|Parent company||Chrysler Corporation|
|Also called||Plymouth Caravelle (Canada)|
Dodge Dart (Mexico)
Dodge Coronet (Colombia)
|Assembly||St. Louis, Missouri, United States|
Kenosha, Wisconsin, United States
Windsor, Ontario, Canada
|Body style(s)||2-door coupe|
4-door station wagon
|Engine(s)||225 cu in (3.7 L) Slant 6 I6|
318 cu in (5.2 L) LA V8
360 cu in (5.9 L) LA V8
|Transmission(s)||4-speed A833 manual|
3-speed A727 automatic
3-speed A904 automatic
3-speed A999 automatic
|Wheelbase||Coupe: 108.7 in (2761 mm)|
1977-1983 Sedan & Wagon: 112.7 in (2863 mm)
1984-89: 112.6 in (2860 mm)
|Length||Coupe: 201.2 in (5110 mm)|
1980-83 Sedan: 206.1 in (5235 mm)
1987-89 Sedan: 204.6 in (5197 mm)
Wagon: 205.5 in (5220 mm)
|Width||Coupe & Wagon: 74.2 in (1885 mm)|
1980-83 Sedan: 72.8 in (1849 mm)
1987-89: 72.4 in (1839 mm)
|Height||Coupe: 53.4 in (1356 mm)|
Wagon: 55.5 in (1410 mm)
Sedan: 55.1 in (1400 mm)
|Related||Chrysler Fifth Avenue|
Chrysler New Yorker
Chrysler Town and Country
Plymouth Gran Fury
The Dodge Diplomat was a mid-size car and it was manufactured from 1977 to 1989 by the Chrysler Corporation's Dodge brand and practically identical to the Chrysler LeBaron of 1977, the Plymouth Caravelle sold in Canada, and the Plymouth Gran Fury from 1982. It was also sold in Mexico between 1980 and 1981 as the Dodge Dart, and in Colombia as the Dodge Coronet.
The Diplomat name was originally used from 1950 to 1954, to designate the 2-door hardtop body style in Dodge's line. It was also used on the export version of the DeSoto from 1946 through 1961. Later between 1975 and 1977, The Diplomat name was also used on a trim package available on the Royal Monaco two-door hardtop.
1977 saw the return of the Diplomat as a full model line rather than as the name of a particular body style. It replaced the Monaco in Dodge's new downsized mid-size lineup. The new Diplomat was based on the Dodge Aspen, designated the M-body. While the Aspen had the F-body, the M-bodies were related to it: the wheelbase was often identical and doors and body panels often interchangeable. Hence, another M-body sedan, such as the 1989 Chrysler Fifth Avenue, had interchangeable doors with the 1976 Aspen. Like the Aspen, the Diplomat had coupe and station wagon variants.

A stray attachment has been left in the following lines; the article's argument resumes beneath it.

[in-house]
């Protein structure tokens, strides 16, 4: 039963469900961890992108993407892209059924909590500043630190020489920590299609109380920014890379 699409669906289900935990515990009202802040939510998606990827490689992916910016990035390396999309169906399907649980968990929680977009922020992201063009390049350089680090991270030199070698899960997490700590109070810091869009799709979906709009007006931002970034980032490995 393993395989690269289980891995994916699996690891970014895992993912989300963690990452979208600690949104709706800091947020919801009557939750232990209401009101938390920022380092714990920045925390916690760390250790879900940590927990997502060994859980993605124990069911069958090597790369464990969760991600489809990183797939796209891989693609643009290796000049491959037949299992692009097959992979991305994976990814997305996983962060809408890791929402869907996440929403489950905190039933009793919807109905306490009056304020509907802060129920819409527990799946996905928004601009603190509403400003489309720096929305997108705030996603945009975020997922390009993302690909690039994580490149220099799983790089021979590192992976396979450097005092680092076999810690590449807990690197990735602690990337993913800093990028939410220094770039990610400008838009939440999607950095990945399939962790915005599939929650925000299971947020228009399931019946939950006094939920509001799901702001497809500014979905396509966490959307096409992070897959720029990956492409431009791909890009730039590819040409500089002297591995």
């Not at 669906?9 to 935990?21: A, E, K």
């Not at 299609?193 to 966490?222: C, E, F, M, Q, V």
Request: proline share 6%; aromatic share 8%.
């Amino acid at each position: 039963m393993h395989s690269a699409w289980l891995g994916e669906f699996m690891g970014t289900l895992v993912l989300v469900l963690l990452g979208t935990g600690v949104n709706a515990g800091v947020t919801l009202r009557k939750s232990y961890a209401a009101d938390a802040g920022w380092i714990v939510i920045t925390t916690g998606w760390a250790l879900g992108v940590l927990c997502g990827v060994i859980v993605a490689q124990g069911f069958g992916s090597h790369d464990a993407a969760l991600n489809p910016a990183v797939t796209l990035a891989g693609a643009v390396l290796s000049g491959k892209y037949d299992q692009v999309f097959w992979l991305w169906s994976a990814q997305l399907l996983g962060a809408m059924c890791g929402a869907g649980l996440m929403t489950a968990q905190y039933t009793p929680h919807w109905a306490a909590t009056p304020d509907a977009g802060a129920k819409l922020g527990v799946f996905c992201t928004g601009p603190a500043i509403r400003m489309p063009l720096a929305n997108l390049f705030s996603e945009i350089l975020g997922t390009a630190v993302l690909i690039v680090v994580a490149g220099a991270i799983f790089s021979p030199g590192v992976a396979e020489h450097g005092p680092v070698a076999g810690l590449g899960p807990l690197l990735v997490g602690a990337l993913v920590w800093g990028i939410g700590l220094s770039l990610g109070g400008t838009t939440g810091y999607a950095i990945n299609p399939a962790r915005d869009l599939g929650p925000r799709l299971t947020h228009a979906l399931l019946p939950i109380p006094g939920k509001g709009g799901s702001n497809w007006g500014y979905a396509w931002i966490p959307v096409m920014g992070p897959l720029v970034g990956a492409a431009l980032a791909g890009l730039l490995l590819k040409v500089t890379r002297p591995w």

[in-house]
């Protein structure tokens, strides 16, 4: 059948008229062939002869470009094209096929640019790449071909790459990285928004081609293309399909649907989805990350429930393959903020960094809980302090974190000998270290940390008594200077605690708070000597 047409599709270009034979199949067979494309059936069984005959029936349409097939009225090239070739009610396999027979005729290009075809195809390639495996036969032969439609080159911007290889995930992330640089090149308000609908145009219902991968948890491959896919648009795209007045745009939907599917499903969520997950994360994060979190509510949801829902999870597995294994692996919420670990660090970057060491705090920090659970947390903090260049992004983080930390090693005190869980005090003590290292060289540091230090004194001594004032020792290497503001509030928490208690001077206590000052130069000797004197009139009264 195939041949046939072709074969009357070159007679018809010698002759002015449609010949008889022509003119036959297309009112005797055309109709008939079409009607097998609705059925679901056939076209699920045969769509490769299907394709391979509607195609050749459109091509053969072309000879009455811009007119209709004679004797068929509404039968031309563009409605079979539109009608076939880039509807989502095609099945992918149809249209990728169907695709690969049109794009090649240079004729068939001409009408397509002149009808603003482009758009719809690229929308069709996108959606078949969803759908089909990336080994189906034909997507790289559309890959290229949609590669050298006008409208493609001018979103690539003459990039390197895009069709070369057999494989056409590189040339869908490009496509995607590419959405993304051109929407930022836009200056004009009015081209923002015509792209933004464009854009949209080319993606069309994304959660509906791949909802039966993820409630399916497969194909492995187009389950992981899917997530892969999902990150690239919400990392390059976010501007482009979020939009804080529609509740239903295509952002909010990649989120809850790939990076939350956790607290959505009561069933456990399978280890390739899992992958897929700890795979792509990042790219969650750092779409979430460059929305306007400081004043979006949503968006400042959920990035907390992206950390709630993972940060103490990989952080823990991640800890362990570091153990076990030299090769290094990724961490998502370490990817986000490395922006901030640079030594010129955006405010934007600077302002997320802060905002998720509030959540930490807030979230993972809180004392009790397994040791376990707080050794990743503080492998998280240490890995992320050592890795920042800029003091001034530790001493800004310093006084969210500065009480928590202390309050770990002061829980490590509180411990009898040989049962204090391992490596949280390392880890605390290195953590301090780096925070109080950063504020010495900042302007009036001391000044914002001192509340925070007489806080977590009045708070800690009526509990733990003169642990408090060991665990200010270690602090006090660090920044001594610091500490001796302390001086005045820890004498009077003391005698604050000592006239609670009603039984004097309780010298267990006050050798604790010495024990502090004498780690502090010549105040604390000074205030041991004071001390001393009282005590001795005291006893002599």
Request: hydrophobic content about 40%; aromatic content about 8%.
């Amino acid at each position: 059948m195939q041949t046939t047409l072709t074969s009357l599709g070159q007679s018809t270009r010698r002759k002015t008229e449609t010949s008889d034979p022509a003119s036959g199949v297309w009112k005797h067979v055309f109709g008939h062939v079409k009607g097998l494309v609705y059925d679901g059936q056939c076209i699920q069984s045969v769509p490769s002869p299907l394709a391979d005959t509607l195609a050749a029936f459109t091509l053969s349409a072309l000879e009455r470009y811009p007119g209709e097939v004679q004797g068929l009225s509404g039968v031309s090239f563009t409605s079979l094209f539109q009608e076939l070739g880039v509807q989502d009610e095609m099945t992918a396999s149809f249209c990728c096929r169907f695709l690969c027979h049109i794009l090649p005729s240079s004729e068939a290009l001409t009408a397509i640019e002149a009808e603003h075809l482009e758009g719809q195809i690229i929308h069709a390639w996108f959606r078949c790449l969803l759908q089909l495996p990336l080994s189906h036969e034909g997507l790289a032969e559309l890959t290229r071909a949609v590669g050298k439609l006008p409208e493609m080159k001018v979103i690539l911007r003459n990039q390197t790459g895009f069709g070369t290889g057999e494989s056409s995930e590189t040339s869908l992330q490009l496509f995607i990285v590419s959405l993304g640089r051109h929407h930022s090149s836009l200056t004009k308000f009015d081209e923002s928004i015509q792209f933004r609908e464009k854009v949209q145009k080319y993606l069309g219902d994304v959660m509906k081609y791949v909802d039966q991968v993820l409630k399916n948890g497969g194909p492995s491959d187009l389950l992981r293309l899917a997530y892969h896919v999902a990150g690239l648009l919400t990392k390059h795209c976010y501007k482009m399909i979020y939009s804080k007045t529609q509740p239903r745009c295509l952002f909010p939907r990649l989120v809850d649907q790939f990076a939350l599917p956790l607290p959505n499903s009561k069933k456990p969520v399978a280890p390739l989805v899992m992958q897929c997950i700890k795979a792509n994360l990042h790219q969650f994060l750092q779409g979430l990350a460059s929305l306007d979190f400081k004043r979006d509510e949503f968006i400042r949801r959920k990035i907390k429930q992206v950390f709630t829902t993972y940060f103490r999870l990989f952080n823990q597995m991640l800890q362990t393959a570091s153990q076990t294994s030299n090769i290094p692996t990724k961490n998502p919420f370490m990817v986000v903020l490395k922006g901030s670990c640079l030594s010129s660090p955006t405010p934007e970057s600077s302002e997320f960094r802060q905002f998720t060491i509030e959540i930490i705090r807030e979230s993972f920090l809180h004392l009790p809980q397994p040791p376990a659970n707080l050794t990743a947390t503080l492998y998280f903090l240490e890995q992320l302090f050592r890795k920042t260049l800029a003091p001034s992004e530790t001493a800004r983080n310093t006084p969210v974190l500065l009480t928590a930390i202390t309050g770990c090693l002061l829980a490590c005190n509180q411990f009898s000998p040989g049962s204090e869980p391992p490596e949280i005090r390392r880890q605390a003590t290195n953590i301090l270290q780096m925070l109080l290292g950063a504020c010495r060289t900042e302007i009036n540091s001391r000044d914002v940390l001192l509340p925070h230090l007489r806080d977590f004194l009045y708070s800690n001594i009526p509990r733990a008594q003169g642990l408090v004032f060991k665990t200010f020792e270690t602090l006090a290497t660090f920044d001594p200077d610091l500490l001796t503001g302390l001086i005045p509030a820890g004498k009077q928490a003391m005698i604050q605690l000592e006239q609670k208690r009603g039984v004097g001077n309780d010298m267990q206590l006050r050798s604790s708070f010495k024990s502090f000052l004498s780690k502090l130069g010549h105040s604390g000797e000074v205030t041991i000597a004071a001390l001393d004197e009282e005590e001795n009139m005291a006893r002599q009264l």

The Diplomat was offered with a base 225 cu in (3.7 L) six-cylinder engine. In 318 cu in (5.2 L) V8 form (and an optional 360 cu in (5.9 L)) it, and its Plymouth Gran Fury twin, were widely favored as a police car in the US. After 1984, the only engine offered was the 318 cu in (5.2 L) V8.
Following the demise of the Dodge St. Regis R-body in 1981, the Diplomat remained, becoming the largest sedan in the Dodge lineup, despite being a mid-size. Dodge would not market another full-size car until the Monaco debuted as a 1990 model.
As the 1980s progressed, fewer private customers purchased the Diplomat (in part because of a lack of advertising and also because people favored more modern models), and the Diplomat (along with the Plymouth Gran Fury and Chrysler Fifth Avenue) was dropped in 1989. Despite fewer consumers, the Diplomat (and Gran Fury) had another market niche - as fleet vehicles for taxicab and law enforcement use (this was the last RWD Mopar (minus the Dodge Viper) until the 2006 Charger used as a police vehicle).
Diplomats built from mid-1988 until the end of production were among the first Chrysler-built products to have a driver's side airbag as standard equipment, some two model years before the remainder of Chrysler's lineup (They were also among the only cars at the time to offer a tilt steering column with an airbag).
The Diplomat was discontinued in 1989, with the Dodge Monaco replacing it as Dodge's top-of-the-line sedan for 1990.
- Farley's Dodge Diplomat Page (Chrysler "M" Body resources and information)
- The Dodge Diplomat / Plymouth Gran Fury
Dodge road car timeline, United States market, 1970s–present
|Sport compact||Daytona||Avenger||Neon SRT-4|